How to Answer the Dreaded ‘do you have children’ Question.
I want to talk about that dreaded question. You know the one where someone casually asks you if you have children. Like it’s no big deal. Variations of this seemingly harmless question include the presumptuous “when are you going to have children?” or the ‘innocent’ but invasive “do you plan to have a second child?”.
For most people, these questions are nothing more than a polite, albeit nosy, conversation starter. They’re a way to connect, to find some common ground. No harm intended right? Wrong.
To a woman who desperately wants a child (or a second one), who has just learnt the heart-breaking results of yet another failed IVF round, who’s grieving the shattering loss of a baby, or who knows she will never have the child she desires, these questions are anything but harmless. They really should come with a warning - “proceed with caution” or “likely to provoke extreme emotion” because most often the person enquiring is unaware of the impact of their question. The awkwardness/embarrassment/upset (insert other emotional response here) is somehow worn by the person to whom the question is directed to.
When we feel broken, vulnerable, or deeply sad, we don’t want to ‘casually’ talk about our infertility. It is a personal and tender topic. Answering a question like this when you’re in the midst of trying and struggling to conceive, is uncomfortable and it’s painful. It highlights exactly what you don’t have and reinforces that you’re different from those around you. It’s hard to answer because we are in such a sensitive state, we just don’t know what to say. Often, the question is enough to trigger the emotion we’re trying to hold down as we get on with everyday life, and exposes it for the world to see.
I used to really struggle with this question. For years I felt like I had a secret that I couldn’t share. I never knew what to say. And while I still don’t have the perfect answer, I’m more comfortable to deal with it now.
So how do we deal with this question?
Firstly, let’s be clear that there isn’t a magic answer. There isn’t one correct way to respond. It can depend on who’s asking, why they’re asking, where you are, and of course, how you’re feeling.
With that in mind, it pays to have a few prepared responses up your sleeve that you can pull out when called for. Everyone needs responses that work best for them. There are lots of things you can say. Some creative responses I’ve heard are “no humans, just a dog” or “I hate children”. You can turn it back to them and enquire “why do you ask?” or simply tell them it is none of their business. Of course, you can choose to also ignore the question or change the subject.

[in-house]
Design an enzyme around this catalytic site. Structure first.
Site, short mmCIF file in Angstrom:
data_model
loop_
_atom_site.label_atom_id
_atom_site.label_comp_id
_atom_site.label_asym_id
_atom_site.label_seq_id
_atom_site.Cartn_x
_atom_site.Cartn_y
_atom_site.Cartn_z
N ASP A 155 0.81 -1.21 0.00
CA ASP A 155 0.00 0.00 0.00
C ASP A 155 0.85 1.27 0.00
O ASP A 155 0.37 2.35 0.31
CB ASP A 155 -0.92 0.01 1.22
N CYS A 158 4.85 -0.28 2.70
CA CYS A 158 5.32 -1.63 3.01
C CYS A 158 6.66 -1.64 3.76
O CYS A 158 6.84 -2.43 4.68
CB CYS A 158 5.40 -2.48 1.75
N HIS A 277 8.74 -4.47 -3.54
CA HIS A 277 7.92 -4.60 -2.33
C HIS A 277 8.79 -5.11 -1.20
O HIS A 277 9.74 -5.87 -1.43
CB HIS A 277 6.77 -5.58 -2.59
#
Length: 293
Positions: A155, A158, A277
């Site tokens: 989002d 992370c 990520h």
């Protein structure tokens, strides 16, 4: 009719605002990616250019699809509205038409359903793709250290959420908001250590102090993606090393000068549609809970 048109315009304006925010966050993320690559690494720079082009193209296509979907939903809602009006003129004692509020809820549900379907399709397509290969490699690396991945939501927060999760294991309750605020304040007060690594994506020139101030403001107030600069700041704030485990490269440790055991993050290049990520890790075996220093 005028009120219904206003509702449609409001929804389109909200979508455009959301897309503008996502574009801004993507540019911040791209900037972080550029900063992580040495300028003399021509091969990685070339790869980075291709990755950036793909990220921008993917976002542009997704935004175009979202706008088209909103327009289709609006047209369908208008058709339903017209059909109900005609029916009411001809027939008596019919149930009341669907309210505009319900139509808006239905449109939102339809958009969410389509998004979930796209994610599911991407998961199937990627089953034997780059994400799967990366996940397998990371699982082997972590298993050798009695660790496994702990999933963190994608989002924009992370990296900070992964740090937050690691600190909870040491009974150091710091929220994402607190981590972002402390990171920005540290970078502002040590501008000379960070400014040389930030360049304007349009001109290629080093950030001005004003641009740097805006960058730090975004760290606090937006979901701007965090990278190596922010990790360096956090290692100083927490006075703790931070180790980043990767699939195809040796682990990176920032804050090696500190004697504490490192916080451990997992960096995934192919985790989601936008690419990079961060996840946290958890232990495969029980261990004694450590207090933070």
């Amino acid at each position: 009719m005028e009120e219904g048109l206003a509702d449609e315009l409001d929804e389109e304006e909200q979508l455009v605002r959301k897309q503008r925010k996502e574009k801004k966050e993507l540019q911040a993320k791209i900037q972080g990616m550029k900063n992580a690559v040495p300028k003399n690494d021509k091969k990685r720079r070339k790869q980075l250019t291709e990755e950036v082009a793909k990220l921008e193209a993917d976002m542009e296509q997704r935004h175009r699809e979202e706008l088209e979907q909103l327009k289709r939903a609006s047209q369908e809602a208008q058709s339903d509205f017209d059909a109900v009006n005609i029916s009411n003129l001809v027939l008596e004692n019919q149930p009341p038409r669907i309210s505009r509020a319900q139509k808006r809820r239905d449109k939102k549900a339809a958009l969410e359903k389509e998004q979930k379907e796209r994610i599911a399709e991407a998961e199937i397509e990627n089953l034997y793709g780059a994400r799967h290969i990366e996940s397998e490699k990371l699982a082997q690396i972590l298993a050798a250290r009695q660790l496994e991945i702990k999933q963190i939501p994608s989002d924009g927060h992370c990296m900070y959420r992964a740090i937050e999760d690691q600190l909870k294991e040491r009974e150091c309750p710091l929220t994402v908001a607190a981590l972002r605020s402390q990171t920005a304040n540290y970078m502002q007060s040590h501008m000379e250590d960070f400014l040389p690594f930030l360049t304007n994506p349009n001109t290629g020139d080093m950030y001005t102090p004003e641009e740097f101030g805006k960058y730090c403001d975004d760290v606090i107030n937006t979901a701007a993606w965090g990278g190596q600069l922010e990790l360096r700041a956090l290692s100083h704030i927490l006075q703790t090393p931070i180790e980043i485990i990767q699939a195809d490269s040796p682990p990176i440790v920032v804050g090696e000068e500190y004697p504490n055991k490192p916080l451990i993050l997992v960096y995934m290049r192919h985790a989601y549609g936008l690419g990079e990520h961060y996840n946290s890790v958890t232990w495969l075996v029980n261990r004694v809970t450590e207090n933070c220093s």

What I’ve come to conclude, is that the best approach is an honest one. It’s saying something like “we hope to”, “we’re trying”, or “we trying but no success yet”. If you feel up for it, let someone know that you tried but it didn’t work out for you, that you’re struggling and it’s not going to plan, or you would have liked to but can’t. You may simply say “no I don’t” and leave it at that.
I get that it takes courage to be open. It takes a sense of resilience to deal with the awkwardness that being honest can create. Sometimes you just can’t manage it and that’s ok. There are no rules for this.
Despite the fact that I can be annoyed at the frequency this question is asked, (we need better questions people - we are not defined by having children!), I no longer dread it. It doesn’t trigger me like it once did. I don’t always get the answer right, and definitely have my fair share of cringe worthy moments, but I’ve come a long way.
So, what’s changed?
Infertility is no longer raw and it’s no longer painful for me. My wound has healed. Infertility will always be a part of me, and of my story, but I’ve found a sense of acceptance with where I’m at. I don’t have children and I’m ok with that.
I know that sounds simple, but please don’t confuse that with easy. I’ve worked hard to get to this place. Here’s the thing… it will be easier for you in time too.
Infertility leaves a wound. The more raw and tender this is, the harder these dreaded questions are to answer. The real secret is that these questions will always be hard to answer until you have had the time to heal. So, I want to say take the time along the way to heal. Whatever it is that will nourish you, seek it out. Decide to feel a little better now. Know that this question may fill you with dread right now, but in time, with healing, maybe it will be a little easier.